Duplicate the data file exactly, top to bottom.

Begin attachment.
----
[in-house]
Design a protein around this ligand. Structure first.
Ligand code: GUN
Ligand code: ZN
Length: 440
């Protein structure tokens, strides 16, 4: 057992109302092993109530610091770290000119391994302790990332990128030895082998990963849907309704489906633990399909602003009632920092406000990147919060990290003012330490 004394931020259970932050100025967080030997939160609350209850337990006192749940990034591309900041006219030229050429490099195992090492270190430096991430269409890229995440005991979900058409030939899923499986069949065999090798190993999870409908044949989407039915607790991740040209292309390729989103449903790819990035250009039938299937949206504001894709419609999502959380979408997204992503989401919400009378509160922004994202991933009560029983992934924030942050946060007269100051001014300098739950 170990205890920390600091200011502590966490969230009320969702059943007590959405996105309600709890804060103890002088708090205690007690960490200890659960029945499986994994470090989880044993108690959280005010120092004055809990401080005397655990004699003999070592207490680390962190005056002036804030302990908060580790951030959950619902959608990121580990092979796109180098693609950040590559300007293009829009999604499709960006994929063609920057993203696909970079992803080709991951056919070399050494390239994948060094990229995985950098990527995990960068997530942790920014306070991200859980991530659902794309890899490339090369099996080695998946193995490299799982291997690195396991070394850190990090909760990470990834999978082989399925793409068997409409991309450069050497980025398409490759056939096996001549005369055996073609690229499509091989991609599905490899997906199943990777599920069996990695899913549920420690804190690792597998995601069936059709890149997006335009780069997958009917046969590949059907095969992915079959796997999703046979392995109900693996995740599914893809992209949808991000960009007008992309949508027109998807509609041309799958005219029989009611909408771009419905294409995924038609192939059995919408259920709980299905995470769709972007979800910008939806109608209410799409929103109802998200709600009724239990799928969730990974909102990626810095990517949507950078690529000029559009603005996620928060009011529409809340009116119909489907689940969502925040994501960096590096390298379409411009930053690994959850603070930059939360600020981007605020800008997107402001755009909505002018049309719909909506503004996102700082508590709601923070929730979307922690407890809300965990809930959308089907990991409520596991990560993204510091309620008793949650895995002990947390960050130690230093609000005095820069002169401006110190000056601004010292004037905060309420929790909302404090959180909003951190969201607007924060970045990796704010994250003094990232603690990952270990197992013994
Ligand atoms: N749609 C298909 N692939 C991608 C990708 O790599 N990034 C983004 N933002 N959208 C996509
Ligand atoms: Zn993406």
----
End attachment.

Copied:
[in-house]
Design a protein around this ligand. Structure first.
Ligand code: GUN
Ligand code: ZN
Length: 440
């Protein structure tokens, strides 16, 4: 057992109302092993109530610091770290000119391994302790990332990128030895082998990963849907309704489906633990399909602003009632920092406000990147919060990290003012330490 004394931020259970932050100025967080030997939160609350209850337990006192749940990034591309900041006219030229050429490099195992090492270190430096991430269409890229995440005991979900058409030939899923499986069949065999090798190993999870409908044949989407039915607790991740040209292309390729989103449903790819990035250009039938299937949206504001894709419609999502959380979408997204992503989401919400009378509160922004994202991933009560029983992934924030942050946060007269100051001014300098739950 170990205890920390600091200011502590966490969230009320969702059943007590959405996105309600709890804060103890002088708090205690007690960490200890659960029945499986994994470090989880044993108690959280005010120092004055809990401080005397655990004699003999070592207490680390962190005056002036804030302990908060580790951030959950619902959608990121580990092979796109180098693609950040590559300007293009829009999604499709960006994929063609920057993203696909970079992803080709991951056919070399050494390239994948060094990229995985950098990527995990960068997530942790920014306070991200859980991530659902794309890899490339090369099996080695998946193995490299799982291997690195396991070394850190990090909760990470990834999978082989399925793409068997409409991309450069050497980025398409490759056939096996001549005369055996073609690229499509091989991609599905490899997906199943990777599920069996990695899913549920420690804190690792597998995601069936059709890149997006335009780069997958009917046969590949059907095969992915079959796997999703046979392995109900693996995740599914893809992209949808991000960009007008992309949508027109998807509609041309799958005219029989009611909408771009419905294409995924038609192939059995919408259920709980299905995470769709972007979800910008939806109608209410799409929103109802998200709600009724239990799928969730990974909102990626810095990517949507950078690529000029559009603005996620928060009011529409809340009116119909489907689940969502925040994501960096590096390298379409411009930053690994959850603070930059939360600020981007605020800008997107402001755009909505002018049309719909909506503004996102700082508590709601923070929730979307922690407890809300965990809930959308089907990991409520596991990560993204510091309620008793949650895995002990947390960050130690230093609000005095820069002169401006110190000056601004010292004037905060309420929790909302404090959180909003951190969201607007924060970045990796704010994250003094990232603690990952270990197992013994
Ligand atoms: N749609 C298909 N692939 C991608 C990708 O790599 N990034 C983004 N933002 N959208 C996509
Ligand atoms: Zn993406």